Organ Donation and Religon

Hindu Dharma and organ donation

A guide to organ donation and Hindu beliefs

There are many references that support the concept of organ donation in Hindu scriptures. Daan is the original word in Sanskrit for donation meaning selfless giving. In the list of the ten Niyamas (virtuous acts) Daan comes third.

Life after death is a strong belief of Hindus and is an ongoing process of rebirth. The law of karma decides which way the soul will go in the next life.

Organ donation is an integral part of the Hindu way of life, as guided by the Vedas. That which sustains is accepted and promoted as Dharma (righteous living). Scientific treatises form an important part of the Vedas – Sage Charaka deals with internal medicine while Sage Sushruta includes features of organ and limb transplants.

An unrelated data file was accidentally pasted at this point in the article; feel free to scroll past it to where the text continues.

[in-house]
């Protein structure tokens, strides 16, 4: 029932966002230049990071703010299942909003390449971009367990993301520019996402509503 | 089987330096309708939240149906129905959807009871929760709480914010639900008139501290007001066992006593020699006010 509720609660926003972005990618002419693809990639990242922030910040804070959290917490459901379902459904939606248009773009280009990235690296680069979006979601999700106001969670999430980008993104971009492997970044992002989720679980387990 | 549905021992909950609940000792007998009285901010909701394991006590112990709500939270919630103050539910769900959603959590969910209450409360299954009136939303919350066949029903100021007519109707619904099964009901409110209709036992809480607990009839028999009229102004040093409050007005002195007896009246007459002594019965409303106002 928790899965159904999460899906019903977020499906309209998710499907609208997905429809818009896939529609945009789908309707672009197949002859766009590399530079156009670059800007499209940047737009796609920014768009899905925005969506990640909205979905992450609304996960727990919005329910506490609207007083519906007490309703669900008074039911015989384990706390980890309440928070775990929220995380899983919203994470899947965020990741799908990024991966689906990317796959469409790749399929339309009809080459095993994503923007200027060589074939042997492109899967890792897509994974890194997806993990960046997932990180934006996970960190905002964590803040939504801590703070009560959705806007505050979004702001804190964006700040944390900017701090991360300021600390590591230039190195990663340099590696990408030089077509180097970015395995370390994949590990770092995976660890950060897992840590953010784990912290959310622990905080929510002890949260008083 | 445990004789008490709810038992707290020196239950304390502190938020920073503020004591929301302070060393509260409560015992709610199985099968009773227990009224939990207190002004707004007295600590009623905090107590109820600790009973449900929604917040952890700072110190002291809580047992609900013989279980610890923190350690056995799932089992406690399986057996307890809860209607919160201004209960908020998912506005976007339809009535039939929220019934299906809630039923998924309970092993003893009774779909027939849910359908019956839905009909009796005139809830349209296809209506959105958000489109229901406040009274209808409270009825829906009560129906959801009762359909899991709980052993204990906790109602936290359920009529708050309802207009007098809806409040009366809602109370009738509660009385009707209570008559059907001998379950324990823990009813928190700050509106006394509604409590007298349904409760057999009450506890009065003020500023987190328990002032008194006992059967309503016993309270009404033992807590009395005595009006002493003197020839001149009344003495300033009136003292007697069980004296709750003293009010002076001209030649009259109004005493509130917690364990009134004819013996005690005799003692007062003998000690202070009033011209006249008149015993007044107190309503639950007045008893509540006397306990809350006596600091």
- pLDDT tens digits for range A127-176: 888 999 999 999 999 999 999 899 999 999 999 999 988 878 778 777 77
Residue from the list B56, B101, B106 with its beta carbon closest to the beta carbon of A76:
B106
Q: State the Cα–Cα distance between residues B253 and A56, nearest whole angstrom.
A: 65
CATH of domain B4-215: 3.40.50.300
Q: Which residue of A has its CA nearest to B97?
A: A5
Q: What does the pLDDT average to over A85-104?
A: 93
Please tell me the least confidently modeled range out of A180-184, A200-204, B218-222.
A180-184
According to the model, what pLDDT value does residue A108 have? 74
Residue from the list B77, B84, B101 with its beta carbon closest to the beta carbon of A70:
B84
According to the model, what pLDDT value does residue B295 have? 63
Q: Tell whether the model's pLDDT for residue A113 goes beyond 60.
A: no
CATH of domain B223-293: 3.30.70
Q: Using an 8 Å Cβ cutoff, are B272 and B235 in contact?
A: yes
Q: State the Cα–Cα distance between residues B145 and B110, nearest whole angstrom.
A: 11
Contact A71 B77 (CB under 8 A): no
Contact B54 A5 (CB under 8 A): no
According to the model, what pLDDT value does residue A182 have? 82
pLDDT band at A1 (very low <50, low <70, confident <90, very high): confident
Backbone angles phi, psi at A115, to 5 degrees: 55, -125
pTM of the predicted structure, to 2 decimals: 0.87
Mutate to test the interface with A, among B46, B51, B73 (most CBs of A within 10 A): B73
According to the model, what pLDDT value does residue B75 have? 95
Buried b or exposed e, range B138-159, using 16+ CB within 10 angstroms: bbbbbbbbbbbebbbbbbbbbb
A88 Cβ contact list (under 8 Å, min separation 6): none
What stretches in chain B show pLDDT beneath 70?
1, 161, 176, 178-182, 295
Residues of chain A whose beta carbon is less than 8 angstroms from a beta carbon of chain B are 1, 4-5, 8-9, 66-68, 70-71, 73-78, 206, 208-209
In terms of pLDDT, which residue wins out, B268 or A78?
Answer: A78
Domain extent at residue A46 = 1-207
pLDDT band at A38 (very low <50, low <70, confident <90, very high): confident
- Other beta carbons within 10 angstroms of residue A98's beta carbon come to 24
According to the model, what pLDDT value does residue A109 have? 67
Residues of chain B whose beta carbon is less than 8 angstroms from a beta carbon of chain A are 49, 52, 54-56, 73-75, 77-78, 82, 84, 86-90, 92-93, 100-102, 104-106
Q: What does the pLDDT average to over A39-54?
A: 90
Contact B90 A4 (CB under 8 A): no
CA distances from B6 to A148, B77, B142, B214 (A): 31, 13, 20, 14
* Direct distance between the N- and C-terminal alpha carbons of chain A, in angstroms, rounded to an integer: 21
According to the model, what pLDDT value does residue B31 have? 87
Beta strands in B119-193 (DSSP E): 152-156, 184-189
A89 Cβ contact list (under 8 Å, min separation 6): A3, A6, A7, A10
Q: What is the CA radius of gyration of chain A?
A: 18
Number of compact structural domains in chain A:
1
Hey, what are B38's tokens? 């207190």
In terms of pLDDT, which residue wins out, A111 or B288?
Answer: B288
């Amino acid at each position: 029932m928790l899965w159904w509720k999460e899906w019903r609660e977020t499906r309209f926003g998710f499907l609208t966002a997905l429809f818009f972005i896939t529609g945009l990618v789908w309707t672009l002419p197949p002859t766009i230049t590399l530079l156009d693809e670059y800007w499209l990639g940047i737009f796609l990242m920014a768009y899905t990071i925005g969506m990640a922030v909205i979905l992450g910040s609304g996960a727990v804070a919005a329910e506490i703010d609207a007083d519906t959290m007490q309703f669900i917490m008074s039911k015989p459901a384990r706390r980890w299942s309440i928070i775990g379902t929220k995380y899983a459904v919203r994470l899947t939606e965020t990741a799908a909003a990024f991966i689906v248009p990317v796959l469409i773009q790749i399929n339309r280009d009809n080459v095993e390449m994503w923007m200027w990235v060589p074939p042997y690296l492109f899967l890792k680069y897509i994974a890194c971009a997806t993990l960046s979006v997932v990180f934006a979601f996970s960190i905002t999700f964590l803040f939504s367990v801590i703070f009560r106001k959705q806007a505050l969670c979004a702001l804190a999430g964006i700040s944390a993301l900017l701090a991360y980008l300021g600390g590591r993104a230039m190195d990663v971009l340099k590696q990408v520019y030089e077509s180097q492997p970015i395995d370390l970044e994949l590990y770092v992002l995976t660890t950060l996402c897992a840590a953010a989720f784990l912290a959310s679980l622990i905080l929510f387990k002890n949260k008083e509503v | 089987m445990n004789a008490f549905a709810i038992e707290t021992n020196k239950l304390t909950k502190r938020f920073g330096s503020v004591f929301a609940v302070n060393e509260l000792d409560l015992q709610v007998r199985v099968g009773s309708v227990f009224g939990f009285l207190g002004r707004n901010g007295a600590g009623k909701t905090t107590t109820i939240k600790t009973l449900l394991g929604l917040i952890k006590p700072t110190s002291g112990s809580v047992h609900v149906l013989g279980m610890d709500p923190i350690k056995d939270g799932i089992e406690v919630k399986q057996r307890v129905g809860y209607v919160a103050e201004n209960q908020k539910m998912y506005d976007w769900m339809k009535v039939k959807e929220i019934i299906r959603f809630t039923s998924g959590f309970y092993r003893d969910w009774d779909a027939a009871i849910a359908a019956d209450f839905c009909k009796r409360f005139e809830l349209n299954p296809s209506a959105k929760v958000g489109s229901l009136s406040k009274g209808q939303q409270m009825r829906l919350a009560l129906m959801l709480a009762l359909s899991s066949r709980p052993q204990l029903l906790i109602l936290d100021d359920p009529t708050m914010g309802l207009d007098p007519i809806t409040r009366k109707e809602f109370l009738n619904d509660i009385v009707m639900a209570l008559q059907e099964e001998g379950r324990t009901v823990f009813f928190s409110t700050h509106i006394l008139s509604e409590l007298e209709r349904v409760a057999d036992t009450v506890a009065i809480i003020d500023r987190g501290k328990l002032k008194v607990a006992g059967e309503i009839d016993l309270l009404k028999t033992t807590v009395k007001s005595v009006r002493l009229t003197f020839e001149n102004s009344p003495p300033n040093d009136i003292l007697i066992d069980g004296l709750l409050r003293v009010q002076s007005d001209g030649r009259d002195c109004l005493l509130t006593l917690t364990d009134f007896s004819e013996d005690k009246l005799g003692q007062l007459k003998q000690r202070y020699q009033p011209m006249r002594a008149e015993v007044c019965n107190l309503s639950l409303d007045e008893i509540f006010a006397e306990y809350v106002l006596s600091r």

“…it is said that the soul is invisible…knowing this you should not grieve for the body.”

Bhagavad Gita, chapter 2:25

“Of all the things that it is possible to donate, to donate your own body is infinitely more worthwhile.”

The Manusmruti

“The important issue for a Hindu is that which sustains life should be accepted and promoted as Dharma (righteous living). Organ donation is an integral part of our livin.”

Hasmukh Velji Shah, International Trustee, World Council of Hindus

“Organ donation is in keeping with Hindu beliefs as it can help to save the lives of others.”

Mr Om Parkash Sharma MBE, President, National Council of Hindu Temples

Christianity and Organ Donation

A guide to organ donation and Christian beliefs